Getting started

In this post I’ll share some tips that I learned from supporting hundreds of students who followed a course on Quantified Self. (I was co-founding director of Quantified Self Institute in the Netherlands from 2013-2017.) Self-tracking becomes more satisfying if you know what you’re doing.

Just like many narratives in our life, a self tracking project has a beginning, a middle part and an ending. Let’s start with the beginning: your motive. There are many different motives to start self-tracking. The most common are curiosity, the desire to solve a problem or the wish to (self) improve. Curiosity is great, it brings you to new places and is probably the best motive to learn new things. There is one downside to having curiosity being your engine in a self-tracking project. Once the thrill of doing something new has worn off, there is a pretty big chance of you quitting you project. That is a shame, because most of the learning from a self-tracking project is not in the beginning, but at the end. Cultivating your curiosity by making the self-tracking a deliberate act of collecting observations to answer a personal question has proved to be useful for many of my former students. Formulating a question as a starting point can be hard, but it really pays off.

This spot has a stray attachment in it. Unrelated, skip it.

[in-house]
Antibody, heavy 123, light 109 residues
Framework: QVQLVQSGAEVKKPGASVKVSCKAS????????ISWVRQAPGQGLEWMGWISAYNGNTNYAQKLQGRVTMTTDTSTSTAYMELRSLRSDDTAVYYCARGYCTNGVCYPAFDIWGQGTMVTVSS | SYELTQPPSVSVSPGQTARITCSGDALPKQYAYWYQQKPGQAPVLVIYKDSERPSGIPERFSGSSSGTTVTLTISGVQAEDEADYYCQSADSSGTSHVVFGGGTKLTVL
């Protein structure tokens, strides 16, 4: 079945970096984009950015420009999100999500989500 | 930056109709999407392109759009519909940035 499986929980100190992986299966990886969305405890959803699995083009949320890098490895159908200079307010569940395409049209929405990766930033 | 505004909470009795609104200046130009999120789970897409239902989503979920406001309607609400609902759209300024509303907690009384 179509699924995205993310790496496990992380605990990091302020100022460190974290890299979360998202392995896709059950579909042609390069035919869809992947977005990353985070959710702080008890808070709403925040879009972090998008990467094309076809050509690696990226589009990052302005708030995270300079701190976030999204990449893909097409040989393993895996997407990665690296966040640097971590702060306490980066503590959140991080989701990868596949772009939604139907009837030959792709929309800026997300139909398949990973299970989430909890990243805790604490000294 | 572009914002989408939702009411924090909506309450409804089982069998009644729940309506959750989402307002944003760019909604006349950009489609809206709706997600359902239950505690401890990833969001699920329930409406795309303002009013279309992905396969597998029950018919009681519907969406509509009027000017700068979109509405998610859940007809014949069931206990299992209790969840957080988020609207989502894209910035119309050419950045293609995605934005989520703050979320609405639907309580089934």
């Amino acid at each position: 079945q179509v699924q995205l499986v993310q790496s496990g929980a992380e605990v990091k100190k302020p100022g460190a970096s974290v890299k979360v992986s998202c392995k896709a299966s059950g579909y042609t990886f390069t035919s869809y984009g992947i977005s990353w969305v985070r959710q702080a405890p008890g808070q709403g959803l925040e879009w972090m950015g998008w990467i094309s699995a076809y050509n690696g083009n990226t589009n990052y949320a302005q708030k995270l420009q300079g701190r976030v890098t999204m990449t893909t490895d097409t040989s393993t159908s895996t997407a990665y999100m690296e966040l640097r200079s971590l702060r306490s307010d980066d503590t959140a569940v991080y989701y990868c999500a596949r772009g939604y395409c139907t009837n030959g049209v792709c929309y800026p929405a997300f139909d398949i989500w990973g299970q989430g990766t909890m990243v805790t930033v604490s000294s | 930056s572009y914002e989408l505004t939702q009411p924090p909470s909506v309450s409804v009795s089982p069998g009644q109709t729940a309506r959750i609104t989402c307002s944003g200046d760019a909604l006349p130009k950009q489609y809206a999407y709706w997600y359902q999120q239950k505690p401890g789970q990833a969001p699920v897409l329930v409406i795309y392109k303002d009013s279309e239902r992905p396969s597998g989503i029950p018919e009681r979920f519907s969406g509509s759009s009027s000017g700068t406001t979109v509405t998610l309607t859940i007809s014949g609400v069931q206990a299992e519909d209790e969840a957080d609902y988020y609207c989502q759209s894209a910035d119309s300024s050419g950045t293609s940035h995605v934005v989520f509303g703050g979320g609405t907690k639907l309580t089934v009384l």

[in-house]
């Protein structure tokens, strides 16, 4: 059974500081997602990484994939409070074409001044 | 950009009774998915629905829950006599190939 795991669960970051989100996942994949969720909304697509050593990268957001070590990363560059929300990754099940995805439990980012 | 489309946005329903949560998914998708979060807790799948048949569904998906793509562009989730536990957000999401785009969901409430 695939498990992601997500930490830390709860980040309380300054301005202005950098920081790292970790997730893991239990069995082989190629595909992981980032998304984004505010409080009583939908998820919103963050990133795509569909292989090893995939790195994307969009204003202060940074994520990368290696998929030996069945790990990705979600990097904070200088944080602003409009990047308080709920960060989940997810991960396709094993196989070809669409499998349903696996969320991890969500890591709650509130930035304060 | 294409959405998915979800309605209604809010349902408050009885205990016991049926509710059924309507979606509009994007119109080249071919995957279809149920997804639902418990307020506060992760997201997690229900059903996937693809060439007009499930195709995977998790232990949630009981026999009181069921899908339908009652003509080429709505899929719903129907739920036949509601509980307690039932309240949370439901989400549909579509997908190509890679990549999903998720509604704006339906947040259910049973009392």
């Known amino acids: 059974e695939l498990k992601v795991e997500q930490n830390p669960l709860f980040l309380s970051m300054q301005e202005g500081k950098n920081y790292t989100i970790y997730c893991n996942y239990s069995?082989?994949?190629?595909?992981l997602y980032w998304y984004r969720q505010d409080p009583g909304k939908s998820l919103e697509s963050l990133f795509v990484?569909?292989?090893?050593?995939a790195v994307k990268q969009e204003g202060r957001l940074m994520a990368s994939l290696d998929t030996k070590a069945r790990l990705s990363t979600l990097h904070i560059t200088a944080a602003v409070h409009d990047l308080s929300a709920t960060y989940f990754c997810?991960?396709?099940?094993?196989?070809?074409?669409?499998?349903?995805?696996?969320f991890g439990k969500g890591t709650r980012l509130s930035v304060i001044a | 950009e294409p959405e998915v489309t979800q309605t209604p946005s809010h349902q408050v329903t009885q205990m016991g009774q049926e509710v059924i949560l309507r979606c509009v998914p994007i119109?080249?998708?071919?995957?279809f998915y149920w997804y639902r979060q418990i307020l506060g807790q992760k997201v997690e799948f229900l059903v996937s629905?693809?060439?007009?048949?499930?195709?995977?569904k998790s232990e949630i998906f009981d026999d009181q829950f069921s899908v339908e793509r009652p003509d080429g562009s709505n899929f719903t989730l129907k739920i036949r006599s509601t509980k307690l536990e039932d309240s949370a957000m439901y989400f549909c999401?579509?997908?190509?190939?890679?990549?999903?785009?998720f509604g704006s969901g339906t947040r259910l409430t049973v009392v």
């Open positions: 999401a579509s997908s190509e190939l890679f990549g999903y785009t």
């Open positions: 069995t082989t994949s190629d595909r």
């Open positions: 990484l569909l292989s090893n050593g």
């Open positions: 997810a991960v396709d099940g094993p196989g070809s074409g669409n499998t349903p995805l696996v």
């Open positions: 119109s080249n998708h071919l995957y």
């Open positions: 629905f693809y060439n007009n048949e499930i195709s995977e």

I’ve see many students who started collecting a lot of data. After a while you start wondering why you are collecting all this information. Do you really need to spend that much time collecting data? Just look at your question, and then you know it.

Starting with a clear question is not only useful if you are curious, but also useful if you desire to understand a problem or if you wish to manifest some kind of improvement. It is very human-like to wander off and do more than you initially intended to. Go back to your question and keep it simple is my advice. Just collect the data you need to answer your question.

How to formulate a question for self-tracking? There is no golden rule, but here are five tips that I use as a rule of thumb. Keep it:

  1. Simple
  2. Unambiguous
  3. Singular (about just one topic)
  4. Actionable (S.M.A.R.T. = Specific, Measurable, Attainable, Realistic, Timely)
  5. And, in plain English (start with a capital and end with a question mark)